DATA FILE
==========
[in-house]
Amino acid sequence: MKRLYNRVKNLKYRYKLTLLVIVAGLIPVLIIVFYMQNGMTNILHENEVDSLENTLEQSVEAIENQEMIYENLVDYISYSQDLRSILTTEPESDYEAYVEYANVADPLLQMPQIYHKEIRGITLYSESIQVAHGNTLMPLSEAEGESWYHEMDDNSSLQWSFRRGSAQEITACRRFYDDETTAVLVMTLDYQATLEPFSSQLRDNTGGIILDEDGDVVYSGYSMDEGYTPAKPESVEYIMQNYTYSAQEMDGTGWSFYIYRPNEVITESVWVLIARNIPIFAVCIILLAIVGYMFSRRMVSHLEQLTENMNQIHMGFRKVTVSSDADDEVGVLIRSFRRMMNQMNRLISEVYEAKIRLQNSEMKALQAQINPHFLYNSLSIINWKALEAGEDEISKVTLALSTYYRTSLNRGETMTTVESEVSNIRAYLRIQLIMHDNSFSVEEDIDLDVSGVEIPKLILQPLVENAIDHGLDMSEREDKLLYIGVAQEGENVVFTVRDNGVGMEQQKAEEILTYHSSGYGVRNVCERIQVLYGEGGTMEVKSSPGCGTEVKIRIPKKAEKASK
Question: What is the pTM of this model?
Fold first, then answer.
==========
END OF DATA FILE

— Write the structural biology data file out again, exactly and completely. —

[in-house]
Amino acid sequence: MKRLYNRVKNLKYRYKLTLLVIVAGLIPVLIIVFYMQNGMTNILHENEVDSLENTLEQSVEAIENQEMIYENLVDYISYSQDLRSILTTEPESDYEAYVEYANVADPLLQMPQIYHKEIRGITLYSESIQVAHGNTLMPLSEAEGESWYHEMDDNSSLQWSFRRGSAQEITACRRFYDDETTAVLVMTLDYQATLEPFSSQLRDNTGGIILDEDGDVVYSGYSMDEGYTPAKPESVEYIMQNYTYSAQEMDGTGWSFYIYRPNEVITESVWVLIARNIPIFAVCIILLAIVGYMFSRRMVSHLEQLTENMNQIHMGFRKVTVSSDADDEVGVLIRSFRRMMNQMNRLISEVYEAKIRLQNSEMKALQAQINPHFLYNSLSIINWKALEAGEDEISKVTLALSTYYRTSLNRGETMTTVESEVSNIRAYLRIQLIMHDNSFSVEEDIDLDVSGVEIPKLILQPLVENAIDHGLDMSEREDKLLYIGVAQEGENVVFTVRDNGVGMEQQKAEEILTYHSSGYGVRNVCERIQVLYGEGGTMEVKSSPGCGTEVKIRIPKKAEKASK
Question: What is the pTM of this model?
Fold first, then answer.